Learning is, by its nature, a series of increasingly difficult challenges.
Leaning into this fact can make eLearning less of a slog. An example of gamification using this method can be as simple as renaming courses on a learning path "levels" and assessments "challenges," but there are benefits to taking it further.
Let's think about some of the ways that challenges, missions, and levels often work in gaming.
Game levels build on one another. It's not just that the game gets more difficult. It gets more difficult, and you have to draw on an increasing list of skills.
Some eLearning topics will naturally call back to previous lessons. In other cases, the next lesson won't necessarily involve earlier material – but it can. Making connections to previous material is always a good idea, but testing older objectives in later assessments is a great chance for spaced repetition and review.
Alternately, standalone micro-assessment "challenges" can also serve as reinforcement, similar to the way some games will spring side challenges on players to mix things up and introduce an element of surprise.
Finally, if your learners struggle to carry their new skills into the real world, create offline "missions" to help them bridge the gap.
Adding characters and a narrative won't, by themselves, gamify your learning project. But for most topics, it's a valuable addition that gives context to the gaming elements.
When your audience is naturally engaged, it's best to keep narrative elements relevant and realistic. This helps learners draw a straight line to the real-world applications of the lesson. Look for common real-world decisions, mistakes, consequences, points of conflict, and outcomes that relate to your learning objectives, then build a story (and craft your game elements) around those.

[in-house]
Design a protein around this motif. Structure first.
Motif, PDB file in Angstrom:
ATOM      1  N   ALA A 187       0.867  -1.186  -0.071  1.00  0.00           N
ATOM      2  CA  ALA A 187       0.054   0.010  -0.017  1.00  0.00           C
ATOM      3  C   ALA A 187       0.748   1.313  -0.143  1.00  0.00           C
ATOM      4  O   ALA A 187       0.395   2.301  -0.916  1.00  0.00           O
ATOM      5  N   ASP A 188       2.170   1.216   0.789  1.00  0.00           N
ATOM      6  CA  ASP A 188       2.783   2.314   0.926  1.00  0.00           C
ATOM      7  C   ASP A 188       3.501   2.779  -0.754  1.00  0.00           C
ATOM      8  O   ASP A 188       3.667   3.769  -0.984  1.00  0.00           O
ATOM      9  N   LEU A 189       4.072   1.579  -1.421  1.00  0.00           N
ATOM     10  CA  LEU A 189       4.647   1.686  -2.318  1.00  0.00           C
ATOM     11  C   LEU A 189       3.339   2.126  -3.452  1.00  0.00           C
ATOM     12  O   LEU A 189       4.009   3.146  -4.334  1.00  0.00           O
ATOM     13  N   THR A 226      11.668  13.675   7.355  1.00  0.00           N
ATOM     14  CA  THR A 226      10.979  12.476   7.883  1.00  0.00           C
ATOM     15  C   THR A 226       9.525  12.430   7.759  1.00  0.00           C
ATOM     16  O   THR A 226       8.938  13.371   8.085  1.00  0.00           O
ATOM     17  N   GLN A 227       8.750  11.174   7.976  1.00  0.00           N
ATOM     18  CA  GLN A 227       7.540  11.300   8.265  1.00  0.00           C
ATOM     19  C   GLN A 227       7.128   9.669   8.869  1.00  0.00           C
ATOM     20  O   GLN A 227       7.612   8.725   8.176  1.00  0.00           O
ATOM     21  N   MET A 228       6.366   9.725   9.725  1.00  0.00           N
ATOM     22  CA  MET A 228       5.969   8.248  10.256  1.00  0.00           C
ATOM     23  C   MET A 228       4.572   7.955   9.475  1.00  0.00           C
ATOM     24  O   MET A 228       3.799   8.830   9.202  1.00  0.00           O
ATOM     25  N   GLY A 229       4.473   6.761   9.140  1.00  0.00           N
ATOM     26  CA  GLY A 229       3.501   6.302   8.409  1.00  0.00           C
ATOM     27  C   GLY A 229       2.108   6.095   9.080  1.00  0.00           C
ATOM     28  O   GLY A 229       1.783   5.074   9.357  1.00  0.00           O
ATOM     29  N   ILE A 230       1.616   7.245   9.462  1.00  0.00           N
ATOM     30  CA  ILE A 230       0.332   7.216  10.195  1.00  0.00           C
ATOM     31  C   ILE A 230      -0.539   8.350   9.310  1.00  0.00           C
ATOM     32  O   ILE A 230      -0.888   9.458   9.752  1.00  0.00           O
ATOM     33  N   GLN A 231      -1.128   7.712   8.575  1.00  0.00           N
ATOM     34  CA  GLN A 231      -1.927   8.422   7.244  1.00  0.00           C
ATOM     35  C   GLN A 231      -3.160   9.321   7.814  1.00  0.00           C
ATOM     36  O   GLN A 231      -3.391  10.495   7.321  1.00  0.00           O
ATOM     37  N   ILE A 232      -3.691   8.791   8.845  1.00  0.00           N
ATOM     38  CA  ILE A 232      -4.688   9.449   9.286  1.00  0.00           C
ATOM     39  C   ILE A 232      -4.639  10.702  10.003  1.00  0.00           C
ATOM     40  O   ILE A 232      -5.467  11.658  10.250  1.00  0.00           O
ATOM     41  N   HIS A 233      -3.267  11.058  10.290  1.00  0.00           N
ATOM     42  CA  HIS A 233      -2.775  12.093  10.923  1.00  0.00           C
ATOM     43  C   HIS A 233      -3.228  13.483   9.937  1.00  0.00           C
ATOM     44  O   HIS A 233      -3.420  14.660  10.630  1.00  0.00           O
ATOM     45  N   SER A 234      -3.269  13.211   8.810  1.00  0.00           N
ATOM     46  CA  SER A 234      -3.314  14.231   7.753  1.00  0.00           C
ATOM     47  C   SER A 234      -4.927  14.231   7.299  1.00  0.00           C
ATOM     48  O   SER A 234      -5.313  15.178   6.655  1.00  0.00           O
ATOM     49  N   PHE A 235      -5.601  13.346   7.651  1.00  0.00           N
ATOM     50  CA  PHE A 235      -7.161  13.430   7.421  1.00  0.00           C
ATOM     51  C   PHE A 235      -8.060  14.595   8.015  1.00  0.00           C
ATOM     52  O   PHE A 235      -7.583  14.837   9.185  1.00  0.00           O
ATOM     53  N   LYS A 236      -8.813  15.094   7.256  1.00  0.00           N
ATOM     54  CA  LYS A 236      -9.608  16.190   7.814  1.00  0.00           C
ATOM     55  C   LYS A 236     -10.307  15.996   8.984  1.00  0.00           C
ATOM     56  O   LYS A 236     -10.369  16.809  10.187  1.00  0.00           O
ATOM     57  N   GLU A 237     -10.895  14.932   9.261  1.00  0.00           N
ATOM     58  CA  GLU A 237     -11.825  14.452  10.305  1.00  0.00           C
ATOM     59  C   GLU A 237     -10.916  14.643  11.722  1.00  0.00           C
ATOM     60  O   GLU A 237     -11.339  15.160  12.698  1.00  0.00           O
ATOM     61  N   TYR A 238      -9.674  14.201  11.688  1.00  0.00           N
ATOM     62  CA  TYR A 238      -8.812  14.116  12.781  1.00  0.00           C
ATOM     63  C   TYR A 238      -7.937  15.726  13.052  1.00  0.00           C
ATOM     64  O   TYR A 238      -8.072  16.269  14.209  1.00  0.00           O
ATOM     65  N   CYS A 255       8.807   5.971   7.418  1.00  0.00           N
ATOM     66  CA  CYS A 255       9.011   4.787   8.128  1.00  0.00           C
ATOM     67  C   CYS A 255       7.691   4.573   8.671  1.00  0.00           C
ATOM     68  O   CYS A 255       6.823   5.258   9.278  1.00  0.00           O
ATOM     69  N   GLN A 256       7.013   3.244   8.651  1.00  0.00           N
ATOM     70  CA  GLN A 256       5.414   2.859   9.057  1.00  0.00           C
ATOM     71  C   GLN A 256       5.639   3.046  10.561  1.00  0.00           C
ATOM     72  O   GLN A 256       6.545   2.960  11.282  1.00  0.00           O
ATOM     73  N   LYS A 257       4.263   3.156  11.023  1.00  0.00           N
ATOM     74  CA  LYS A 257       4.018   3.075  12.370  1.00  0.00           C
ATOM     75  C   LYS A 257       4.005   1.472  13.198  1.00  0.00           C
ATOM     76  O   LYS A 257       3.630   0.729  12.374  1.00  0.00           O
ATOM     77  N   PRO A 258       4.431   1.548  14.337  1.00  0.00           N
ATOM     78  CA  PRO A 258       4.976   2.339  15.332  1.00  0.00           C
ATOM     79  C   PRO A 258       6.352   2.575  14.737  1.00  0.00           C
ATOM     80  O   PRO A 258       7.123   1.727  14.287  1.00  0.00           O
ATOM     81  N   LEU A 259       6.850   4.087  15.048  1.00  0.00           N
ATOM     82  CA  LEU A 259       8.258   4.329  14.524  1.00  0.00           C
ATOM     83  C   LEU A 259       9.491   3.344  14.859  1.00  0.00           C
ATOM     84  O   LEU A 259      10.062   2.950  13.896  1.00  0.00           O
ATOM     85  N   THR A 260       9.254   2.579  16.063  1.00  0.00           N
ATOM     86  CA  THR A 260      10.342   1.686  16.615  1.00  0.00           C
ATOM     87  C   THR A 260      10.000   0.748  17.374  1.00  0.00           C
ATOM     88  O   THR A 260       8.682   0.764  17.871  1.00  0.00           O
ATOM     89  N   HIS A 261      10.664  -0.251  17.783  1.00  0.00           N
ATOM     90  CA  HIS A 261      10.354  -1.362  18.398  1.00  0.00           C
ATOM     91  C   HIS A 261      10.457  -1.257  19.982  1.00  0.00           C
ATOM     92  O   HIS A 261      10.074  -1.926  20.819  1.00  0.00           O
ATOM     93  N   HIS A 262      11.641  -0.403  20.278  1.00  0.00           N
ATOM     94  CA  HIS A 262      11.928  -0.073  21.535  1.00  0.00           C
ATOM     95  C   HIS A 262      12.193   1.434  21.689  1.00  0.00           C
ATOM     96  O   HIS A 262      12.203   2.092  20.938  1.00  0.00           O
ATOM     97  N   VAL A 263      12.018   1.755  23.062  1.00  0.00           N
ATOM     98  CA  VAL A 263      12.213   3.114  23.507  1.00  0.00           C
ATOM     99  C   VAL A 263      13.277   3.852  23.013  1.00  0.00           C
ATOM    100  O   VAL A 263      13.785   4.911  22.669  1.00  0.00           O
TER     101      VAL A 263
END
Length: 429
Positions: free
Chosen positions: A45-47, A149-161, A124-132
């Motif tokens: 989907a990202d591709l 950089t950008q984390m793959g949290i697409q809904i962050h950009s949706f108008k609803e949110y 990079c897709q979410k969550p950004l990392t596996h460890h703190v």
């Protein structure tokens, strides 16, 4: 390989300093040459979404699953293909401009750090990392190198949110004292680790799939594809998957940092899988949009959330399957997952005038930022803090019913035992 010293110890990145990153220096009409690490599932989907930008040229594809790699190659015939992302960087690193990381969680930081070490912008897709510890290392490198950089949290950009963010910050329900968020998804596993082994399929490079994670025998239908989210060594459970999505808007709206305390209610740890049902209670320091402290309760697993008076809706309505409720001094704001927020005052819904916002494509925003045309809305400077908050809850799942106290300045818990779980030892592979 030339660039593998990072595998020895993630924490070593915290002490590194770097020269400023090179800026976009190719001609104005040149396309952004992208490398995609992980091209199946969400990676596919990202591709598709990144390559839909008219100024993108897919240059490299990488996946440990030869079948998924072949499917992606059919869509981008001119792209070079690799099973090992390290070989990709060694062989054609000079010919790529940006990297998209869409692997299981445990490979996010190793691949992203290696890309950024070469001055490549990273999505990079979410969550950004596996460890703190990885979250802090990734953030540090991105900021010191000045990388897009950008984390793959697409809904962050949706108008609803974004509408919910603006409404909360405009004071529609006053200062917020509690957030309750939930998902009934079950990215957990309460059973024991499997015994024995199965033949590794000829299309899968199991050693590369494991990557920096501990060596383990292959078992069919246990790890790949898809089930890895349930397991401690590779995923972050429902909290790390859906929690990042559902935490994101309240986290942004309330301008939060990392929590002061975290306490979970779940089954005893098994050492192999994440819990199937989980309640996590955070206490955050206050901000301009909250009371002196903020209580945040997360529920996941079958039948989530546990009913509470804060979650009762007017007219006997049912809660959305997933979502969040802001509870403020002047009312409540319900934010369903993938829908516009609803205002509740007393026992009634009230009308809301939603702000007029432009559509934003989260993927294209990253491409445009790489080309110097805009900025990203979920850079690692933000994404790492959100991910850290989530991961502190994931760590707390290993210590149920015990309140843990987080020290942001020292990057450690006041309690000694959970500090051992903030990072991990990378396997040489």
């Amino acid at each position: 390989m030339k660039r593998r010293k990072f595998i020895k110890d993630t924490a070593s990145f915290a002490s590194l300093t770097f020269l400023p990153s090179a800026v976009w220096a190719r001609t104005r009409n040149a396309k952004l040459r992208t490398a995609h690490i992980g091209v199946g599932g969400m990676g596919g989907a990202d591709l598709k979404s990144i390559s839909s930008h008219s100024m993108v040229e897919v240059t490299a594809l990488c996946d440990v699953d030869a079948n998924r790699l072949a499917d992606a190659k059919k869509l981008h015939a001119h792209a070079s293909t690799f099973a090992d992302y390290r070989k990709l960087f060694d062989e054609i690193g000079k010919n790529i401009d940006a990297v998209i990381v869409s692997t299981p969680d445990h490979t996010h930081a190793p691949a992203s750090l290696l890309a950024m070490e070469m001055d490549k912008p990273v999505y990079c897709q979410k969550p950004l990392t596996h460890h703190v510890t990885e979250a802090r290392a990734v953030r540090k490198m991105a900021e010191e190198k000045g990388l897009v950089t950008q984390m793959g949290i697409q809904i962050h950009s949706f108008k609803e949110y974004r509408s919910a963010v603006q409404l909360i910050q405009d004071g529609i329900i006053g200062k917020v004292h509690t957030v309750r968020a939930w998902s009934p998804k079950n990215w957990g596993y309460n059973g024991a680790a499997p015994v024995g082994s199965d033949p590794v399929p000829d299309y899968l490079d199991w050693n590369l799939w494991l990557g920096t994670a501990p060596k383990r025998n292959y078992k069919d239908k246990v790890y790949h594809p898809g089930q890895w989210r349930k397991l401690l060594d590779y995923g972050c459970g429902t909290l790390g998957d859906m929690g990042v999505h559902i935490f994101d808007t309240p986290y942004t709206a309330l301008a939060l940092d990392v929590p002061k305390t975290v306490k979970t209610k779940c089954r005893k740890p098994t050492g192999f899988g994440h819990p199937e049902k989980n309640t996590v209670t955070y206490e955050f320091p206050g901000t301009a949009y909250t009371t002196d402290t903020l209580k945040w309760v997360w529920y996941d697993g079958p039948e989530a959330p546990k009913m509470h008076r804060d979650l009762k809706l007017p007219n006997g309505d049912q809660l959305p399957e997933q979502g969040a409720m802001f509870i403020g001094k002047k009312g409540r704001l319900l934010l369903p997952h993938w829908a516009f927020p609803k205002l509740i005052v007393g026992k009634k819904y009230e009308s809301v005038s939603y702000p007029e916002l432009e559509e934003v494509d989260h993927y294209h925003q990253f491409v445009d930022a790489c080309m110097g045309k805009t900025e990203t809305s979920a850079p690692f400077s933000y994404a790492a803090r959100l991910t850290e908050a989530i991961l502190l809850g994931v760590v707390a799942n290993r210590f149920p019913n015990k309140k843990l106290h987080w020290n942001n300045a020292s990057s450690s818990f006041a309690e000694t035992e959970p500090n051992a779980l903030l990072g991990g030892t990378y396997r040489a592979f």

This model is one of the reasons we partner with Vado, whose microlearning courses end with real-world exercises to help learners apply their skills on the job. (The Vado library is made in dominKnow | ONE and available for purchase - you can even purchase editable versions of most courses and make changes and customizations in your own dominKnow | ONE site.)
Excessively dry material might benefit from dramatization or extended metaphor, but you have to be careful to keep focused on your learning objectives. Adult learners will become impatient if you waste their time on unrelated stories.
Similarly, characters are also valuable tools, best kept realistic. Any characters should actively contribute to the learning, so choose character types that carry real-world value. For example, for customer service simulations, pick difficult "types" who react to the same script in different ways.
When teaching job skills, the most valuable character for your "player" to be is themselves. But asking learners to slip into another character (and therefore, perspective) can be a valuable exercise for topics like HR, management, customer service, and more.
You can execute many of these gamification features programming-free in dominKnow | ONE by taking advantage of our:
Interested in learning more? Contact us today for a free 14-day trial or request a demo from our experts.